It took my folks and I about… seven or 8 hours to get from where I live in south central Pennsylvania out to Aldan (a suburb, kind of, of Philadelphia), and that was on the Pa Turnpike. Though, we usually hit the rest stops in between because we’d have to pee by the time we got to them.
This reminds me of a joke.
“The English make fun of Americans for thinking 100 years is a long time.”
“Americans make fun of the English for thinking 100 miles is a long distance.”
Same thing happens here in Oz, often Americans as well as Europeans arrive over here with every intention of doing a round trip drive of the whole East Coast or even through one of the deserts. It can get really tough to explain to them why that’s a bad idea… and then to explain to them why they need to carry extra fuel…
Yeah… In the US we’re used to long distance travel by car, but then again we’re also used to living in a fork-off huge country that actually has people living throughout it, little blink-and-you-miss-’em towns every 15-30 miles or so. We’ve just not considered the fact of Australia being just small enough that it’s more convenient to build big cities along the coasts and service them by sea but just big enough that you can DIE going overland without special preparations.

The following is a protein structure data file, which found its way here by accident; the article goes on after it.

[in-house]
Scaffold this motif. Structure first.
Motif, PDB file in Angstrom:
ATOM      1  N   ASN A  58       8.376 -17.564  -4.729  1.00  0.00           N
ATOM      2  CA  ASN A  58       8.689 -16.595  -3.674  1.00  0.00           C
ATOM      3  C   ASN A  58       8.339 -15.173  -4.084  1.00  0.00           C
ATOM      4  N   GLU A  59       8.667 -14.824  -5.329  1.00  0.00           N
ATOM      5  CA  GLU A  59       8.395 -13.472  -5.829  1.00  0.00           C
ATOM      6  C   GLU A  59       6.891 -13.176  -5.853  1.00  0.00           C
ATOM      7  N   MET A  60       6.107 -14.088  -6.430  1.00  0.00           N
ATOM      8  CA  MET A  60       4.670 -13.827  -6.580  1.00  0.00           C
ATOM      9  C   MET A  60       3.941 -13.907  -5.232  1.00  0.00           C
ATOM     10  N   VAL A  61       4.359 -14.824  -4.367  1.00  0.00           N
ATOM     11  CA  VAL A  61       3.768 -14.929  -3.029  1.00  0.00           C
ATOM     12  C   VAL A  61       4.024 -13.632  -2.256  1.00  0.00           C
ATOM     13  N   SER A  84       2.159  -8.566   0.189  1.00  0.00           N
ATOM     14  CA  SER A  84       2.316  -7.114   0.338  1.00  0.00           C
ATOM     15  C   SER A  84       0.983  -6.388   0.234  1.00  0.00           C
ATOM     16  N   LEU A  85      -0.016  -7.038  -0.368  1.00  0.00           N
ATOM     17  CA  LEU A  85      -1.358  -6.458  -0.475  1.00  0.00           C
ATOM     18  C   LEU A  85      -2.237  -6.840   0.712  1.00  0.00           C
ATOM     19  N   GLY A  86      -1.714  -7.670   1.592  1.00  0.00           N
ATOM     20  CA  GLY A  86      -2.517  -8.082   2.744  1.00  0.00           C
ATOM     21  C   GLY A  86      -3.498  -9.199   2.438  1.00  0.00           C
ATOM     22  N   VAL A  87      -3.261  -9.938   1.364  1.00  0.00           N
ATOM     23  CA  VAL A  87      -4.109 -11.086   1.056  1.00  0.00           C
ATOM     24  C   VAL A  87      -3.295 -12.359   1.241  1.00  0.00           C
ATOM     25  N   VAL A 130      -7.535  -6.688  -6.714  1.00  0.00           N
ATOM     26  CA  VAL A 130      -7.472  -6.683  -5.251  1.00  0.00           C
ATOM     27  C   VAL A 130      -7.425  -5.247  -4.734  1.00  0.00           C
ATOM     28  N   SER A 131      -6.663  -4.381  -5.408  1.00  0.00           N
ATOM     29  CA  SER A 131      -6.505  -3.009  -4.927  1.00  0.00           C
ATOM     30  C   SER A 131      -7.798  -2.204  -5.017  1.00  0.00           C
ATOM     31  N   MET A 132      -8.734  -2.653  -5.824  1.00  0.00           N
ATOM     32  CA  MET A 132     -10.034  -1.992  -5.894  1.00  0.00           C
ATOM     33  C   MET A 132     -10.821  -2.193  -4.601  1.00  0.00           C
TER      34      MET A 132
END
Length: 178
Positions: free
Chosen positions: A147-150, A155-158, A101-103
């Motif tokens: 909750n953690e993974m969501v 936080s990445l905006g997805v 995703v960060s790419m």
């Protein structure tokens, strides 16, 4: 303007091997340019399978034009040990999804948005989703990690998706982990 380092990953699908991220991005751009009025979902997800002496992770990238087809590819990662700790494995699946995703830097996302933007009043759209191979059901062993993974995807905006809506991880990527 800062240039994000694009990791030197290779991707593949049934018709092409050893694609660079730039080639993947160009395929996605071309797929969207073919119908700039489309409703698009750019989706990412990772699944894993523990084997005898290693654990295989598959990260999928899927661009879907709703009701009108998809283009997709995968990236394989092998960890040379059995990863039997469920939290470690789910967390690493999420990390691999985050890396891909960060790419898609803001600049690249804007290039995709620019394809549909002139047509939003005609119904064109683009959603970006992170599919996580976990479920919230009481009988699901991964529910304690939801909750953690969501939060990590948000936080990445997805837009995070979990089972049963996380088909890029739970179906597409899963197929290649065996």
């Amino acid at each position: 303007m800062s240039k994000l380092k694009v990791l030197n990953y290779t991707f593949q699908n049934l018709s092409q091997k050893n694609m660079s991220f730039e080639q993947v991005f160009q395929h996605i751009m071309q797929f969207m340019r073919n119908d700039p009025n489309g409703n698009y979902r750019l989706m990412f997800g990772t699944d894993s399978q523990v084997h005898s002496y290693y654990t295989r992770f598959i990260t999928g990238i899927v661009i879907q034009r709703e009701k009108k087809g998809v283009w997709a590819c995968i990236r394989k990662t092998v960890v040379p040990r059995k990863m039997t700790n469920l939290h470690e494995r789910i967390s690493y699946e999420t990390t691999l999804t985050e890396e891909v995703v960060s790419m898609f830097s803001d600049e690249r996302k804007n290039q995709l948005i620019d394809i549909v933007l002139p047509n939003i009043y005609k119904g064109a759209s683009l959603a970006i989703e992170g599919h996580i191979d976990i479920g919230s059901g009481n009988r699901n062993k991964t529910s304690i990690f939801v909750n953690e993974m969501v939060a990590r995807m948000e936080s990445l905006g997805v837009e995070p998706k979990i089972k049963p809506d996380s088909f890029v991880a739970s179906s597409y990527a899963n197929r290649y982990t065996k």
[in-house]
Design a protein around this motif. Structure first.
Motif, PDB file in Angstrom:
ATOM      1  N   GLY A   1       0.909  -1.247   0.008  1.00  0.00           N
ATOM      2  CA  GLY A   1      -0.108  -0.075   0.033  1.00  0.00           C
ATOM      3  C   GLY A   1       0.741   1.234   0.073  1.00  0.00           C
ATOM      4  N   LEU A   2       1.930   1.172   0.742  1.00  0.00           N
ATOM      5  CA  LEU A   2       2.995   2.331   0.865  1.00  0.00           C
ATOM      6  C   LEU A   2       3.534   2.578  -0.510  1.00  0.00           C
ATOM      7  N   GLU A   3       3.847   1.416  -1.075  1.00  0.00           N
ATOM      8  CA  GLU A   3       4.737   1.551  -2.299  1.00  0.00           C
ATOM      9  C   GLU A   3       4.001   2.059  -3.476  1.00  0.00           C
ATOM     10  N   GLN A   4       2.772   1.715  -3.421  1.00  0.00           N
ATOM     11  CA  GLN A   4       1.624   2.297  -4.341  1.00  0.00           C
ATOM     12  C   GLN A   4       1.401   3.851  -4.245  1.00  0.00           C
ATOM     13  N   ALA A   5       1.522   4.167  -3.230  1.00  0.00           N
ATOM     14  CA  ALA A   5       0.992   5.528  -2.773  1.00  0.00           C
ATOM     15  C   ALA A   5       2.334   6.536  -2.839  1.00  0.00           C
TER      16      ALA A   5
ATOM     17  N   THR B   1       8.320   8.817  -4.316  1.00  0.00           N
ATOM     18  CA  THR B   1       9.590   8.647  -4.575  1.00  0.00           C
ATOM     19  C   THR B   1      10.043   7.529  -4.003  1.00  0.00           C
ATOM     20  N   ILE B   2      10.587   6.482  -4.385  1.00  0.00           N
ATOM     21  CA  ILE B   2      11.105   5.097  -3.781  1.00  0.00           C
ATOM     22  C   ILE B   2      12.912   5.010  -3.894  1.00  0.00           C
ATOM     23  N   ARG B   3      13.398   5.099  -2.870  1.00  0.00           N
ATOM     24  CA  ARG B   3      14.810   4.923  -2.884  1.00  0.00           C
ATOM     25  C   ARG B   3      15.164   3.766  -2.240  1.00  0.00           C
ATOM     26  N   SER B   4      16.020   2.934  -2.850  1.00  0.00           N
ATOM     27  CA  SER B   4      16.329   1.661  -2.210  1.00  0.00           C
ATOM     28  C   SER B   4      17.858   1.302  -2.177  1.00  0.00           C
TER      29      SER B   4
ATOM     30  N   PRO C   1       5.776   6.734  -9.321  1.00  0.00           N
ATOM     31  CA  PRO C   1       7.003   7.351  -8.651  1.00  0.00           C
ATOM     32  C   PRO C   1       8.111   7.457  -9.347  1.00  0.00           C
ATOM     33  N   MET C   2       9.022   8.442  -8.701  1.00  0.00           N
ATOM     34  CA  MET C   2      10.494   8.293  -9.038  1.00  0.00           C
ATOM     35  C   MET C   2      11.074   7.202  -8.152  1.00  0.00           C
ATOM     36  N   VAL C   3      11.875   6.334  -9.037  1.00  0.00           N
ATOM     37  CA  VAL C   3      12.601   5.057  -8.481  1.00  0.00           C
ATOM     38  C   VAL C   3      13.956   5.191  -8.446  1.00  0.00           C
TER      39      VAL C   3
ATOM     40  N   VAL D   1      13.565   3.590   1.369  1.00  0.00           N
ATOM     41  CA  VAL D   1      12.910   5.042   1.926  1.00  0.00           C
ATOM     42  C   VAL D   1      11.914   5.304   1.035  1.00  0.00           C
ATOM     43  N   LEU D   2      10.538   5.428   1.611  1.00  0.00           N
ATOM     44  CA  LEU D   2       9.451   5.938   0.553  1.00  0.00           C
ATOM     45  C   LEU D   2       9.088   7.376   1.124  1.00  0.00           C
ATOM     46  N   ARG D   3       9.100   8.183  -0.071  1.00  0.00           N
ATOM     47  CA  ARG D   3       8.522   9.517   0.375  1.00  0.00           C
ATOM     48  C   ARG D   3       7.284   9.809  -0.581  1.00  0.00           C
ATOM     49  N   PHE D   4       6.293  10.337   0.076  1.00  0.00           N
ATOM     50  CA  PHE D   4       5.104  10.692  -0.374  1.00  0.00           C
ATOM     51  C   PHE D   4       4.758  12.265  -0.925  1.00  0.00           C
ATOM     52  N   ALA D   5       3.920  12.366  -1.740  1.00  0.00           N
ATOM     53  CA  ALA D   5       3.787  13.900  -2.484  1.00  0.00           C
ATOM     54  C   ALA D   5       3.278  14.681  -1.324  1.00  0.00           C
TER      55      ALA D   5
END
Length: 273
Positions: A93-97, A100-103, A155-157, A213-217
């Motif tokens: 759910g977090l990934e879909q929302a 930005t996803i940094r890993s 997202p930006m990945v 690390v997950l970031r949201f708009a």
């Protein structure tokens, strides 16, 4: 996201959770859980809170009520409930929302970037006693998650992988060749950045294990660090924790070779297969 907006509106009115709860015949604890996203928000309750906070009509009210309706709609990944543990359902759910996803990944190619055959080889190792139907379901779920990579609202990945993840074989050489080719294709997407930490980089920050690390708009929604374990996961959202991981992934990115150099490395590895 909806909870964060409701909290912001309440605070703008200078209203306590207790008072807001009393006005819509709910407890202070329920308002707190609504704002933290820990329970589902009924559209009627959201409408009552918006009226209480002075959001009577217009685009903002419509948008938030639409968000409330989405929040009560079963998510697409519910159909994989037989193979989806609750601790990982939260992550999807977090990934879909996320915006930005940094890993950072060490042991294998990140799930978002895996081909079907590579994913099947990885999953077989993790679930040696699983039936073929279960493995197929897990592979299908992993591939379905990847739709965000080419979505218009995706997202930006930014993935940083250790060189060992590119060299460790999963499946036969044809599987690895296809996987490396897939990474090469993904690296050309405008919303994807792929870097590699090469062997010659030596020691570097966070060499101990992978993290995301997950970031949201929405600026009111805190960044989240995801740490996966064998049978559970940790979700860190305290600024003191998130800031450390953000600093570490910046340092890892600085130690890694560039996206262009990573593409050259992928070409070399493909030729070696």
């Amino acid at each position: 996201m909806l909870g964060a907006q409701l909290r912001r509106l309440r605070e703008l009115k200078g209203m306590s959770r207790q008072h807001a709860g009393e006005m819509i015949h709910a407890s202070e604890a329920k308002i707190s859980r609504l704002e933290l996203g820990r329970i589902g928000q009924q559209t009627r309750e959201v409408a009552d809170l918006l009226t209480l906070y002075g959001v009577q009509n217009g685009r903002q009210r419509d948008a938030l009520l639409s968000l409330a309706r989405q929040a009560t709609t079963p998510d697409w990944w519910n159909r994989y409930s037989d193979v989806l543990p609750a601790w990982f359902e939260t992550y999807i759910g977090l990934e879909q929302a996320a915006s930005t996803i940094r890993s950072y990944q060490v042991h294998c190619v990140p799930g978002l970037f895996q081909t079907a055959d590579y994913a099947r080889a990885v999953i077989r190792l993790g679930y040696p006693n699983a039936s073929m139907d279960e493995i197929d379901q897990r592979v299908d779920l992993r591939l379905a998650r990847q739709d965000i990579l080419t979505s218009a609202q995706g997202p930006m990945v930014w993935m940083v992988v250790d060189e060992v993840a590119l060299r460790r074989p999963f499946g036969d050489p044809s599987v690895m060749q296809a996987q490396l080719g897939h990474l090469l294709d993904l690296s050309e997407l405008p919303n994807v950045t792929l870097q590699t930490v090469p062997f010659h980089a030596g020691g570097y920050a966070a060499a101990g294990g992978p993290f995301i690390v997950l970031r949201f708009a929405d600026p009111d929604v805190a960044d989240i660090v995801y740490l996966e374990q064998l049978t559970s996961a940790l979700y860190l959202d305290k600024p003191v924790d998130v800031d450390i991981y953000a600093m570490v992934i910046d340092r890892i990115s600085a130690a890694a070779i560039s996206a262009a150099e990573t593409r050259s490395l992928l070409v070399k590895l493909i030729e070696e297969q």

Speaking as one who has actually driven (or been driven since I was a tiny teen at the time) from California to Virginia… It takes a little less than a work week to do. If, y’know, you don’t want to stay up all night driving.
If you DO…. It takes two days.
For realz. Roughly 48 hours of driving to get across the country.
AND THEN YOU THINK OF PIONEERS. And you wonder how bad the relatives must be to make you want to get to California in the first place. I WOULD HAVE WAITED TIL THEY INVENTED TRAINS.
LOL it actualy shocks me to learn some people never been outside of the city let-alone the Provence. To me a six hour drive is a walk in the park. I regularly make a fifteen hour drive to visit a friend. To me US cities seem squished together I’m used to major cities being at leasta couple hours apart. But the I’ve just visited costal US cities mostly where two cities can be dvided bya single street
Holy shit. He has no idea how long it takes to get anywhere in the U.S.
My friend and I once drove from Los Angeles all the way to some little town up in southern Oregon called Brookings. It took us 14 hours to get there, with only bathroom stops. Longest. Car ride. Ever.